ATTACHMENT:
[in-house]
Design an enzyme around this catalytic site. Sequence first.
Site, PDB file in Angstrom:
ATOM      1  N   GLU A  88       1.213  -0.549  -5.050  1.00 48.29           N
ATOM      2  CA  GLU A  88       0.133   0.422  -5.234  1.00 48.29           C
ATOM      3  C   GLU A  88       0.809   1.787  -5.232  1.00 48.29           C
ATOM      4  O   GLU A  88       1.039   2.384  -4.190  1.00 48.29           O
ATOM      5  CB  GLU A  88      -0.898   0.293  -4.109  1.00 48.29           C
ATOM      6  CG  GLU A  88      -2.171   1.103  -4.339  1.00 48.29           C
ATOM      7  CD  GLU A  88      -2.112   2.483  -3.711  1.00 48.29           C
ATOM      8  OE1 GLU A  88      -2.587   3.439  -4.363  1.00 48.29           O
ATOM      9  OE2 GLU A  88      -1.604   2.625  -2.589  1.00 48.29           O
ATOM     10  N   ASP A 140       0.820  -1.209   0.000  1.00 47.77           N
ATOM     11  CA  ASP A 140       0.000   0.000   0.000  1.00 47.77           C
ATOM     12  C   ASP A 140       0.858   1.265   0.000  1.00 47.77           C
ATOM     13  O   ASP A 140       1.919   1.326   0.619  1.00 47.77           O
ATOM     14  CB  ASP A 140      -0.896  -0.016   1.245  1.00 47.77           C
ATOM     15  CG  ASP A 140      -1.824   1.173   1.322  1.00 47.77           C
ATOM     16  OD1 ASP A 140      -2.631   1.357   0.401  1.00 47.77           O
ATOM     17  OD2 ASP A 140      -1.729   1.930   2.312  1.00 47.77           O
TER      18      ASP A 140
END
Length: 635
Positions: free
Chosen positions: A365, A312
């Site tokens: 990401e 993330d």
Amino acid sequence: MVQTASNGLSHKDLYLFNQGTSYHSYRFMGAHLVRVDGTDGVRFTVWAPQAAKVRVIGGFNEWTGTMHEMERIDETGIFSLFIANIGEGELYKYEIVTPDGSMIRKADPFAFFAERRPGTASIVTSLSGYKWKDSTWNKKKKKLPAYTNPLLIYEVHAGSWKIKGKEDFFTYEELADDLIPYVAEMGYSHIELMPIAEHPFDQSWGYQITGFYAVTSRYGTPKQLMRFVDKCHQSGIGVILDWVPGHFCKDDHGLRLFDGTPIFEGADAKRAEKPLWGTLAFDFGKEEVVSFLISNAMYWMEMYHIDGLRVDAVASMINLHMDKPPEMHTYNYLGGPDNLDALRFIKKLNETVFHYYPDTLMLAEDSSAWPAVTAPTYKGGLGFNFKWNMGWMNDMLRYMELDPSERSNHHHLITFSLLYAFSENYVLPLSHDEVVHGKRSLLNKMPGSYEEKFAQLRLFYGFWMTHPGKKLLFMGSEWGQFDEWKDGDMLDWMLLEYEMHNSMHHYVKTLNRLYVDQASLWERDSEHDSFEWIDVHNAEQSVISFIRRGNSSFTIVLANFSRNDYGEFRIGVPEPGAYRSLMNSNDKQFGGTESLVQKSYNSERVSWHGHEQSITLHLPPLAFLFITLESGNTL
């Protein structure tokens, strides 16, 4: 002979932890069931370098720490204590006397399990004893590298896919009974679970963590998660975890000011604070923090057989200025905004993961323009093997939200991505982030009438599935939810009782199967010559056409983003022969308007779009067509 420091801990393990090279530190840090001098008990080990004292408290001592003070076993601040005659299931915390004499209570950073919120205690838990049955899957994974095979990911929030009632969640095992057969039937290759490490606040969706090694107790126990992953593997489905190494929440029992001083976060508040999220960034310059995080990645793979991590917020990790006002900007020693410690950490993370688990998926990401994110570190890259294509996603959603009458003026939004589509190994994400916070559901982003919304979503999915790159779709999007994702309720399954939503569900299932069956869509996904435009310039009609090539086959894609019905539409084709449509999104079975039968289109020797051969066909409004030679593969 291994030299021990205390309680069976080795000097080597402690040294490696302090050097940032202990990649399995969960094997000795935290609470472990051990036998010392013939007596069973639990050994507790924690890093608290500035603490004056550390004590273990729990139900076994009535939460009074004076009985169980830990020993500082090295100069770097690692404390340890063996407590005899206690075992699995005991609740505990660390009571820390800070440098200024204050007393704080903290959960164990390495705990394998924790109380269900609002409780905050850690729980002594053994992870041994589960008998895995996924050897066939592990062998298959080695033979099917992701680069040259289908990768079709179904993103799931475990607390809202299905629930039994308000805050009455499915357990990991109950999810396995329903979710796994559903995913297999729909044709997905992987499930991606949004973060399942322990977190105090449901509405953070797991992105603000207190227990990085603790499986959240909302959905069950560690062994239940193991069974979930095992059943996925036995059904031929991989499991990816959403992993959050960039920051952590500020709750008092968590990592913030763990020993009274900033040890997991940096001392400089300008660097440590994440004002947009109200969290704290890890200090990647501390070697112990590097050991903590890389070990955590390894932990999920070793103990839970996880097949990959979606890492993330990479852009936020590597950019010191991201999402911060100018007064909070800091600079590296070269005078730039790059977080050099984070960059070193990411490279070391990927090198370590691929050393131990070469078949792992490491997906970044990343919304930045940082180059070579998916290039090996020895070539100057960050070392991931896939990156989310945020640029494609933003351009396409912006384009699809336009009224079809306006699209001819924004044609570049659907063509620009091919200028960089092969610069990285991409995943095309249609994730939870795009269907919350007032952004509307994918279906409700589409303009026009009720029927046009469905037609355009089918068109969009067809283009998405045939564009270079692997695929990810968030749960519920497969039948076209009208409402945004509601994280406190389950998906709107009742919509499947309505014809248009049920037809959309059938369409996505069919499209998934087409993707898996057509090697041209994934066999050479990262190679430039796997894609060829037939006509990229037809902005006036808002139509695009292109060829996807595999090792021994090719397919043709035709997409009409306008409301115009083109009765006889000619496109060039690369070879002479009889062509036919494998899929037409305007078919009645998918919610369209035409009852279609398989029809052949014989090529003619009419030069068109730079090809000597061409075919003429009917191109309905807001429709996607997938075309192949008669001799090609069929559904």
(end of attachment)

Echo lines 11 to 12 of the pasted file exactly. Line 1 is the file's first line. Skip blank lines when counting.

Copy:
ATOM      8  OE1 GLU A  88      -2.587   3.439  -4.363  1.00 48.29           O
ATOM      9  OE2 GLU A  88      -1.604   2.625  -2.589  1.00 48.29           O